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Unlike many other flower seeds, tulip bulbs like to freeze. They go dormant during the winter, and then the come back to life as the earth warms in the springtime Sun. To me, they are a symbol of Jesus’ death and resurrection. When Jesus died on the cross, all hope was gone. His friends were so sad when they laid him in the cold dark tomb, and rolled the stone into place. But three days later, the stone was rolled away! The tomb was empty! God’s love raised Jesus from the dead. God’s love brought hope alive again at Easter! Tulip planting is a spiritual exercise for the fall. In a season that seems so hopeless, with so much grief and despair, we have so much to hope for. And God’s loving hands to put our hopes in.
Christ has died. Christ is risen. Christ will come again. This is the deep mystery, the deep soil, in which our hopes are planted. The gospel tells us to trust in God’s love, even when all hope is lost. When we have exhausted every effort. When we have no ideas left. When no answers come and so much uncertainty remains, we turn to the One who acted when all hope was gone. The One who’s greatest act was to restore life when death, hate, and violence had done their worst to Christ Jesus. We place our tulips of hope in the ground, and trust God’s love to blossom in ways we may never expect. This is the journey of our “wait and see” faith. A faith that tells us that there is more going on than meets the eye when hate, death, violence, and suffering are all we see.
“The only thing constant is change,” the old saying goes. How we wish things wouldn’t change. Until we wish they would! We wish things would just return to normal. But all the forces of God’s Creation, the forces of Nature, the laws of physics, are all about breaking and re-making. Forming and re-forming. From its very beginning, the universe has always been evolving. Atoms bond into molecules, and molecules into matter, and matter evolves into life, and life continues to evolve, over eons. Change and reformation are the principles of existence! That can either bring hope or despair. And sometimes both at the same time.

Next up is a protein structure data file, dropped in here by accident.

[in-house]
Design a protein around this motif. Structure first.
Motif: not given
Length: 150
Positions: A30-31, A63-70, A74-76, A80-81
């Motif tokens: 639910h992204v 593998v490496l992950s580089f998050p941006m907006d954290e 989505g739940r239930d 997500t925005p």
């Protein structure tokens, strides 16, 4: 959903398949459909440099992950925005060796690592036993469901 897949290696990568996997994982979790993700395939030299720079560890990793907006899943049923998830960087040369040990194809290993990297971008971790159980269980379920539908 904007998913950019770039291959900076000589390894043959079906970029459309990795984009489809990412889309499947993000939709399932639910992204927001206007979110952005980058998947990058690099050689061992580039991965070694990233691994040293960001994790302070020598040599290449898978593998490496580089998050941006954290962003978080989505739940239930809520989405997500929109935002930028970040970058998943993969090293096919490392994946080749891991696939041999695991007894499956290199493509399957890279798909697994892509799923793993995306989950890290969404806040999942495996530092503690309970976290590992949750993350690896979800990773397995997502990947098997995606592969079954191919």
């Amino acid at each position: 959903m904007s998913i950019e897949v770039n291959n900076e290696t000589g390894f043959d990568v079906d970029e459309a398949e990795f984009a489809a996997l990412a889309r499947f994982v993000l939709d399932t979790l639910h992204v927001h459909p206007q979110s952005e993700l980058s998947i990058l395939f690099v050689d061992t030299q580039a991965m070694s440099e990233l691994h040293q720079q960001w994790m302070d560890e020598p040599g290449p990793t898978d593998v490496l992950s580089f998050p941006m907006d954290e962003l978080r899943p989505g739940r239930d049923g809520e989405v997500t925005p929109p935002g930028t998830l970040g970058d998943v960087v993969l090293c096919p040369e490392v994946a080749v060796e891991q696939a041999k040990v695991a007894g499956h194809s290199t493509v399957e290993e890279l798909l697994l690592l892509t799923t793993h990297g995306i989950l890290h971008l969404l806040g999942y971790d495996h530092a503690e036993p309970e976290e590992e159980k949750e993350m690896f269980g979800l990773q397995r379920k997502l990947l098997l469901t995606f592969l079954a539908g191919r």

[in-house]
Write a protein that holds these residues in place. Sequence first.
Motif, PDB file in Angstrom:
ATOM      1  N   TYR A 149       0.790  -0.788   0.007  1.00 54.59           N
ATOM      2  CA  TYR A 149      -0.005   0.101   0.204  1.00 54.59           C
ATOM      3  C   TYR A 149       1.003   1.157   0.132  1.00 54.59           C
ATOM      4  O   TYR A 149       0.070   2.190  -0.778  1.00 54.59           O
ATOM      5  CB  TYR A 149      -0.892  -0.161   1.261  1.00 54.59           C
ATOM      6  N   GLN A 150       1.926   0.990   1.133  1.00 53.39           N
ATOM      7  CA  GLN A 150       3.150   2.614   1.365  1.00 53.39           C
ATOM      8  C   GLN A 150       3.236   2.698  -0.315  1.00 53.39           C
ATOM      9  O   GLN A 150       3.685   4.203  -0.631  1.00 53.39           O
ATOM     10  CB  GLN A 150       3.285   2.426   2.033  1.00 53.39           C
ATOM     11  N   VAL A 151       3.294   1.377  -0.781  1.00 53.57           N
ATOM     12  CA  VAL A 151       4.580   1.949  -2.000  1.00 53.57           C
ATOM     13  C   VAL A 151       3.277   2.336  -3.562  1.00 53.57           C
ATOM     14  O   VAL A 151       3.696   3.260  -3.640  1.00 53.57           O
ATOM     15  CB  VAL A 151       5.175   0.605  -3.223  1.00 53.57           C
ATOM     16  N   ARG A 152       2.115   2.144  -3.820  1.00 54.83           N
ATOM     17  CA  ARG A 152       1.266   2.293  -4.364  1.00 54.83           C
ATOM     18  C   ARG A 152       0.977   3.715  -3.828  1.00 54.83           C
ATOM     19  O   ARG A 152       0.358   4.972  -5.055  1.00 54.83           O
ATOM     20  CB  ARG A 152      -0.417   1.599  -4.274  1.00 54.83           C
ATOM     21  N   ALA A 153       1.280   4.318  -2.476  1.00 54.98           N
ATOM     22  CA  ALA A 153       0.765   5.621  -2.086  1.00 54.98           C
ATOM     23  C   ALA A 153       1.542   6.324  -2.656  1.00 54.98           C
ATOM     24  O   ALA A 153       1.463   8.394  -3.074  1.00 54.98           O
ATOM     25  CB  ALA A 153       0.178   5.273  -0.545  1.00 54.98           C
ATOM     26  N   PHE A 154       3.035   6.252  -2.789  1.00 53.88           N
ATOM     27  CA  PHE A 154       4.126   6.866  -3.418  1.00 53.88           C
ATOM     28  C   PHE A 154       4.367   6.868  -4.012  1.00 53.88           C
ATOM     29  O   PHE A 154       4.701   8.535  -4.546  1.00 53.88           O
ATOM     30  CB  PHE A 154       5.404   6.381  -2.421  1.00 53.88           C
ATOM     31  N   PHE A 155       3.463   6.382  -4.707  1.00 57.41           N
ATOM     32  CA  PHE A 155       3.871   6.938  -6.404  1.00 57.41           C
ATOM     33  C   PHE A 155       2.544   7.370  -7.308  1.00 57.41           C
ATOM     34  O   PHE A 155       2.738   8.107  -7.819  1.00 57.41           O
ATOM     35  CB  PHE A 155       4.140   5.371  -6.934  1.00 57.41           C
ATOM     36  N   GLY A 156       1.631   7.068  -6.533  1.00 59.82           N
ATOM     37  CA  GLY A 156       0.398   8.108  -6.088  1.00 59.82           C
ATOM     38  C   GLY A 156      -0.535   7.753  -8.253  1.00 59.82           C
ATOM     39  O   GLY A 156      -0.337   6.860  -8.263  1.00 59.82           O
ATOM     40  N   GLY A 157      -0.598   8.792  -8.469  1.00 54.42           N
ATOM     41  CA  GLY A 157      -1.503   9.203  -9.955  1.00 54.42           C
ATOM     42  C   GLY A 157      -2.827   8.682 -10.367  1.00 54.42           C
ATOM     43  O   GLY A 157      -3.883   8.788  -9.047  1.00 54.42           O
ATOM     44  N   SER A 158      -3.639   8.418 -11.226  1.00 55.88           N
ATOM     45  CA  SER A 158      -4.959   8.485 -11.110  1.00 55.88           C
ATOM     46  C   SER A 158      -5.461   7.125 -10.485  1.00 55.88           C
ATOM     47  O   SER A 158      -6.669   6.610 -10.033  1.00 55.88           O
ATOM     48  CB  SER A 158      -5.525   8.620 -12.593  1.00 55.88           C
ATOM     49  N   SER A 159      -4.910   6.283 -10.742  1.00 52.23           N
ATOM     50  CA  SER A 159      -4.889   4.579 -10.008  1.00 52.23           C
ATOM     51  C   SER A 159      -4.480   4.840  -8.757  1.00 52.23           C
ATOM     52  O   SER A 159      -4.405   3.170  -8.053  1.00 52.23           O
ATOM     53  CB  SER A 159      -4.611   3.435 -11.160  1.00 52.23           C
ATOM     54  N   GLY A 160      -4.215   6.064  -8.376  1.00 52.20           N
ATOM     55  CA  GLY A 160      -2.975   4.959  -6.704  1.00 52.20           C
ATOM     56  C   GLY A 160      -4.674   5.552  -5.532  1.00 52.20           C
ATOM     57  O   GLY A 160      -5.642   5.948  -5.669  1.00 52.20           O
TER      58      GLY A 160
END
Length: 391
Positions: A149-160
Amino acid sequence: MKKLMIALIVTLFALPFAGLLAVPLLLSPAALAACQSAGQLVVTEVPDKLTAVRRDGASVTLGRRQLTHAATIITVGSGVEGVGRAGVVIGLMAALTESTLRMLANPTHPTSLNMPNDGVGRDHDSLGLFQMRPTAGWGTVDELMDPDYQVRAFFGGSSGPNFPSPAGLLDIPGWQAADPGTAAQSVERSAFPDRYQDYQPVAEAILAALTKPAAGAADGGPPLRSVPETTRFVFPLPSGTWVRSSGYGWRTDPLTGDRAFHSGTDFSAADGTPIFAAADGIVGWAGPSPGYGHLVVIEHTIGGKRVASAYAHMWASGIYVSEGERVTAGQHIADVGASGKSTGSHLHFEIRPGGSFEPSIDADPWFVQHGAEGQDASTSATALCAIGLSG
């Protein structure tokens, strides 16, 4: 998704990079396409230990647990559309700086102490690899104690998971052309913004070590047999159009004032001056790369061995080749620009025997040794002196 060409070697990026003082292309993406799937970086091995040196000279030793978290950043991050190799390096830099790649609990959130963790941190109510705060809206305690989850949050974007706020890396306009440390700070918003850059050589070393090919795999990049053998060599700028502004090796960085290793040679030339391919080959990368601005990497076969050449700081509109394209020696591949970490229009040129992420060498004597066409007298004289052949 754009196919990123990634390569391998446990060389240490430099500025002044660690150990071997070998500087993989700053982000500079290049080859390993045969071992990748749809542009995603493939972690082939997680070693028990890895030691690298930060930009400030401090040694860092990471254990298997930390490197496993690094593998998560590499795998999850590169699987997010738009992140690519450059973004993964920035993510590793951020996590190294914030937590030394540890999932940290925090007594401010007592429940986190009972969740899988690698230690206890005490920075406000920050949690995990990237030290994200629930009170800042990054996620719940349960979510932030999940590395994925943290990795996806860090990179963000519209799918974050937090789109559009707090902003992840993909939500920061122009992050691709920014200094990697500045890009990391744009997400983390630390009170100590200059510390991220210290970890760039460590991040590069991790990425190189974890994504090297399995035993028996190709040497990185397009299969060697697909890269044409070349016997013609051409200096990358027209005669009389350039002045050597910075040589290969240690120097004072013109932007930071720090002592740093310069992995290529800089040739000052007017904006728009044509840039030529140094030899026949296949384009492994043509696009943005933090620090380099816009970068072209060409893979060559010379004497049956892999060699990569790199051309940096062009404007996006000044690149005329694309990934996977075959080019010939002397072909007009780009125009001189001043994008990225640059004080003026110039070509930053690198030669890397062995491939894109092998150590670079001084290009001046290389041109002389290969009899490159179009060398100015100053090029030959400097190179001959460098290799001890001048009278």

A tiny coronavirus evolved into something that has brought humanity in the 21st century to its knees. Science shows us the human species and its current way of being on the planet is changing the planet itself in ways that are accelerating the natural pace of change. Our political life as a country has evolved over just 240 years to where we are today.
There is much despair in these times. And yet, we are still being called to be partners with God our Creator in all these changes. We are called to be co-creators of the future, with God’s guidance. A guidance given to us in our tradition by the ethics of Christ. The ethics of compassion: to see ourselves in every person, even in the planet itself; to do love in acts of compassion for every person, and the Earth; to give as Christ gave himself, for the common good. A common good that encompasses everything that shares this beautiful Planet.
We are called to be co-creators with God, of a future that embodies those ethics Christ gave his life for. A way of being in relationship with each other, and everything that God so loves, the gospel tells us, that God will never give up on. Even restoring what death, hate, and violence would destroy. That’s such very good news. That’s the soil in which hope can grow. That’s soil we return to, together as people of God in the season of thanksgiving.
I have so many tulips I’ve been given to plant this fall. Maybe because I have so many hopes and prayers for our future! We were gifted with all these tulip bulbs, by the father of one of our friends. He is Frieda’s grampa. And Frieda’s grampa is one of the gardeners who tend the grounds at the beautiful Grand America Hotel downtown. Every year, Frieda’s Abuelo and the other gardeners dig up the tulip bulbs in the early summer. And this year, he had a big box to share with us! He also shared some amazing tomato plants that gave us beautiful yellow and orange tomatoes for Kirstin’s salsa. Frieda’s Abuelo is so generous with what little he has to share. And now we all have many tulips to plant wherever we live throughout the Valley, in hope for a new day to come.
As I plant, my hopes and prayers will be: a safe and effective vaccine for everyone; an end to hate speech, and division in our country, a living wage for everyone and an economic bridge for us to get there; a home for every person on the streets; an evolution from a fossil fuel economy to a clean energy economy; a welcome to every migrant seeking refuge and a new start in this great land; an end to privilege based upon the color of our skin; equal human rights for every woman; and a return to global partnerships for peace, and conservation.
I hope for the day when we can come together in person again and grieve with those who grieve. And give thanks for the faith of loved ones whose faith sheltered hope in times just as hard as these. A faith we have learned and inherited from them. And singing together in person again! Like we learned how to do when we were very young. Lutherans sing so wonderfully together. Especially Tabor Lutherans!
Change happens, because our Creator is a changer. A reformer. One who doesn’t rest until compassion is the new norm. Calling us from old routines, and time-worn pathways, to a future we can co-create together as the Body of Christ active in the world.
In God’s hands, in the soil of the gospel, we plant our hopes and prayers. Formed, and being reformed, always by God’s Love. – Pastor David